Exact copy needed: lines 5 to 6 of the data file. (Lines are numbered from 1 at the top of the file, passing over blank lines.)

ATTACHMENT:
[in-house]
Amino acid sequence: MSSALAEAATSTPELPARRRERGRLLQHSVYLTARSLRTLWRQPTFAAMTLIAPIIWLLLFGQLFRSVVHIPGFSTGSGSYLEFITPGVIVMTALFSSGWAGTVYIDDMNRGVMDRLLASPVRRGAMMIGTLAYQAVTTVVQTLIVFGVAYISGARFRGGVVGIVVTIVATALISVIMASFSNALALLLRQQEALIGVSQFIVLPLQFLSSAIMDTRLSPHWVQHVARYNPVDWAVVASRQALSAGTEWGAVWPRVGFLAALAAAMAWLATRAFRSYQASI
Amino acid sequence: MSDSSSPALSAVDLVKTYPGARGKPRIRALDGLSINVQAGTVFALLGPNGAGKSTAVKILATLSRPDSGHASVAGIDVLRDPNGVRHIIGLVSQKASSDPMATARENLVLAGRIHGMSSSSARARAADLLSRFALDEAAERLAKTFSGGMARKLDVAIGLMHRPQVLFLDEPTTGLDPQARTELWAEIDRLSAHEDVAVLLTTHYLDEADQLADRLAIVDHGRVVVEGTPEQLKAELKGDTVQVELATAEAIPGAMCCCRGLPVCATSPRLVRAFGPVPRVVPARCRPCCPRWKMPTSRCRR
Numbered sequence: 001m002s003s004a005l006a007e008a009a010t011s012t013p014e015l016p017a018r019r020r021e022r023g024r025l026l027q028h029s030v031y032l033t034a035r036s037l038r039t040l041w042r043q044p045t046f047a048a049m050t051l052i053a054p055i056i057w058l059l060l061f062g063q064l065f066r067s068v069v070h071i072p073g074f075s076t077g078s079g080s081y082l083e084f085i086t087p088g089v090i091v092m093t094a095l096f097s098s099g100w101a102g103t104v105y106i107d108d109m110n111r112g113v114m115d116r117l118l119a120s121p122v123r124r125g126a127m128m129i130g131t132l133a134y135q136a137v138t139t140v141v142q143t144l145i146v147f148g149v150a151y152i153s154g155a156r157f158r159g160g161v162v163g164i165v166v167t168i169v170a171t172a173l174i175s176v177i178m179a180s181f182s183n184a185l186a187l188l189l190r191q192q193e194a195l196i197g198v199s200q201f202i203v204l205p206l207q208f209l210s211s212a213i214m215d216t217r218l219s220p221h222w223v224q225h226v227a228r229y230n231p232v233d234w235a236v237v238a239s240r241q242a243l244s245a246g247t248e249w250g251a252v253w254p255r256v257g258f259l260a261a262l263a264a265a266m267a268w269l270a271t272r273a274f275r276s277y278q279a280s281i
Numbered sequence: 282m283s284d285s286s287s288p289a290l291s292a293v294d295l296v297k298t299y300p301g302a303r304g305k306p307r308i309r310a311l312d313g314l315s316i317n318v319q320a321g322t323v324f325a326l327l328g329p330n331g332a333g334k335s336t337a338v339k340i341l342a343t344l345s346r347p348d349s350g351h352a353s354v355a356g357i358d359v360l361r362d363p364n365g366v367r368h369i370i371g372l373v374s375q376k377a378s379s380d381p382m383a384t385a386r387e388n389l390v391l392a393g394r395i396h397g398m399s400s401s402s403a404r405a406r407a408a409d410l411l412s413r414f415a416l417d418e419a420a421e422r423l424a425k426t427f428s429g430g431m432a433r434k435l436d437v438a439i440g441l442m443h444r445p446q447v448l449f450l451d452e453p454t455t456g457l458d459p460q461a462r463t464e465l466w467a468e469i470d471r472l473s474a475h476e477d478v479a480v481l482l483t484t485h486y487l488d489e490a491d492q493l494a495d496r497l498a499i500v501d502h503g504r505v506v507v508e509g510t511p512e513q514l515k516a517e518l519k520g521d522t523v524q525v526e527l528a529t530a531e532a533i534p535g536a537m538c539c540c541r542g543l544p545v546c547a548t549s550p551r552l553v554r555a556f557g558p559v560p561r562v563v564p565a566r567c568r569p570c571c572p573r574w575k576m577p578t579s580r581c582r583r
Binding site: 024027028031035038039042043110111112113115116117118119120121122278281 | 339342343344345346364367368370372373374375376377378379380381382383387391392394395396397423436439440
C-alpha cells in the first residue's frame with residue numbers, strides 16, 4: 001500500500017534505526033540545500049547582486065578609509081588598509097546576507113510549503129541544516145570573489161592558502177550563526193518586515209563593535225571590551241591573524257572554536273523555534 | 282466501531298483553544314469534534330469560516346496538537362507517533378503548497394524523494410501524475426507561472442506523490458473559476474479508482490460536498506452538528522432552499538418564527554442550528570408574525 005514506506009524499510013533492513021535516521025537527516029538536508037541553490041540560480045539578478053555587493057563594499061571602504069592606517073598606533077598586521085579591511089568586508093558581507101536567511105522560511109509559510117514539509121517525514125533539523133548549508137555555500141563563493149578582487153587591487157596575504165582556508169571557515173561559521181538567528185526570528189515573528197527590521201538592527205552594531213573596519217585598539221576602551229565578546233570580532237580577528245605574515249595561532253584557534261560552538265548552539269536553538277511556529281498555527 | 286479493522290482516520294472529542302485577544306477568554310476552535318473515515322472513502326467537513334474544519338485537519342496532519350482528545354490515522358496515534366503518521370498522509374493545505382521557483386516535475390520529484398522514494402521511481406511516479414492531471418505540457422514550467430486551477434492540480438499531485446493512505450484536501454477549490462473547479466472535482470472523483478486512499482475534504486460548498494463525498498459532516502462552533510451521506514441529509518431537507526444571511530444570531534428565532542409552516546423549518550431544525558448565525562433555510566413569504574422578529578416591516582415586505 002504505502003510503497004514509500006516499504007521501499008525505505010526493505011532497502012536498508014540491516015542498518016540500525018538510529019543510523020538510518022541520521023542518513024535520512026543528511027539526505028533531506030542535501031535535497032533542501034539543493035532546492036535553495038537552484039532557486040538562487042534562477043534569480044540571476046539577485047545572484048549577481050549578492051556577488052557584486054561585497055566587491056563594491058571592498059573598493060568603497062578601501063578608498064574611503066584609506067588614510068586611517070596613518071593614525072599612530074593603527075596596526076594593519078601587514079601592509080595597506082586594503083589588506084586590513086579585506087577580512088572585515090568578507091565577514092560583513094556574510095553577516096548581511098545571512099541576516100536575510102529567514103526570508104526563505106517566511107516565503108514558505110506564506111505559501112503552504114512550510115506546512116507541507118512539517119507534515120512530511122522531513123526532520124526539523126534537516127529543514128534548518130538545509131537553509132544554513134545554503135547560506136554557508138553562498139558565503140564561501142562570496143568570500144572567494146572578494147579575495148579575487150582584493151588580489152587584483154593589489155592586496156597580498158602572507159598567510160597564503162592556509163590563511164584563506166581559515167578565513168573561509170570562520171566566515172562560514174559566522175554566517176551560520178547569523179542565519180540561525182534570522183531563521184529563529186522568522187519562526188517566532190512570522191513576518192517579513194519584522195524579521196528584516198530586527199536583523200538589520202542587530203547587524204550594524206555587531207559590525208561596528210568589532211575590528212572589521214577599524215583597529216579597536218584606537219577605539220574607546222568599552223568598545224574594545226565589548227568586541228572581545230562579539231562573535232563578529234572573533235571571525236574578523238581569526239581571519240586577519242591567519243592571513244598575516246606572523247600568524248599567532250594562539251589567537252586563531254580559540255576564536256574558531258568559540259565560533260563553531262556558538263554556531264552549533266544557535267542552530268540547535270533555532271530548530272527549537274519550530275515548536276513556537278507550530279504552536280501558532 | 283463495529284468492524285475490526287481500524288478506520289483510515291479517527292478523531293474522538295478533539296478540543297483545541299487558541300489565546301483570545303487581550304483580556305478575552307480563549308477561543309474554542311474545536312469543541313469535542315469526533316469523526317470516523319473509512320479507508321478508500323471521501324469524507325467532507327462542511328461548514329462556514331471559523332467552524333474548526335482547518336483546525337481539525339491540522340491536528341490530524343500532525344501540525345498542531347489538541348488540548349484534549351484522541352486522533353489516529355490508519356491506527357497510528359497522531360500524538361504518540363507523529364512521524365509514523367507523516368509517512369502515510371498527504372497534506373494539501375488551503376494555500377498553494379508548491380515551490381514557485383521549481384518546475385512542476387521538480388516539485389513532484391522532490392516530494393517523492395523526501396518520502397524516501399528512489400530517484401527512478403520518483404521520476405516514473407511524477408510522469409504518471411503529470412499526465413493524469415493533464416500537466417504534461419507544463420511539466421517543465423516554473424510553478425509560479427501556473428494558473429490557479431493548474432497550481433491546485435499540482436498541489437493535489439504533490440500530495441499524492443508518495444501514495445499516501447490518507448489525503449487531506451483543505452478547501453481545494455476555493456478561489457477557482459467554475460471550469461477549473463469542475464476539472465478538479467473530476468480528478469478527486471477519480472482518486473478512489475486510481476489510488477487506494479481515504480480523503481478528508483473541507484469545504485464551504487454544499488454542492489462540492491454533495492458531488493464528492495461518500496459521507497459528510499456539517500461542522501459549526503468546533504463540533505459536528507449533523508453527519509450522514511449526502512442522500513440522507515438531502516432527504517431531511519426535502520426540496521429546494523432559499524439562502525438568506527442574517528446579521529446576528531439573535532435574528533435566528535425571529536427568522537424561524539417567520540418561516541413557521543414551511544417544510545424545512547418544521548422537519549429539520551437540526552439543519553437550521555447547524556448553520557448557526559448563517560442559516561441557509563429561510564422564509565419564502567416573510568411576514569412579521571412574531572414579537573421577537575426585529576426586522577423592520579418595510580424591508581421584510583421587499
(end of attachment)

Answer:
Numbered sequence: 282m283s284d285s286s287s288p289a290l291s292a293v294d295l296v297k298t299y300p301g302a303r304g305k306p307r308i309r310a311l312d313g314l315s316i317n318v319q320a321g322t323v324f325a326l327l328g329p330n331g332a333g334k335s336t337a338v339k340i341l342a343t344l345s346r347p348d349s350g351h352a353s354v355a356g357i358d359v360l361r362d363p364n365g366v367r368h369i370i371g372l373v374s375q376k377a378s379s380d381p382m383a384t385a386r387e388n389l390v391l392a393g394r395i396h397g398m399s400s401s402s403a404r405a406r407a408a409d410l411l412s413r414f415a416l417d418e419a420a421e422r423l424a425k426t427f428s429g430g431m432a433r434k435l436d437v438a439i440g441l442m443h444r445p446q447v448l449f450l451d452e453p454t455t456g457l458d459p460q461a462r463t464e465l466w467a468e469i470d471r472l473s474a475h476e477d478v479a480v481l482l483t484t485h486y487l488d489e490a491d492q493l494a495d496r497l498a499i500v501d502h503g504r505v506v507v508e509g510t511p512e513q514l515k516a517e518l519k520g521d522t523v524q525v526e527l528a529t530a531e532a533i534p535g536a537m538c539c540c541r542g543l544p545v546c547a548t549s550p551r552l553v554r555a556f557g558p559v560p561r562v563v564p565a566r567c568r569p570c571c572p573r574w575k576m577p578t579s580r581c582r583r
Binding site: 024027028031035038039042043110111112113115116117118119120121122278281 | 339342343344345346364367368370372373374375376377378379380381382383387391392394395396397423436439440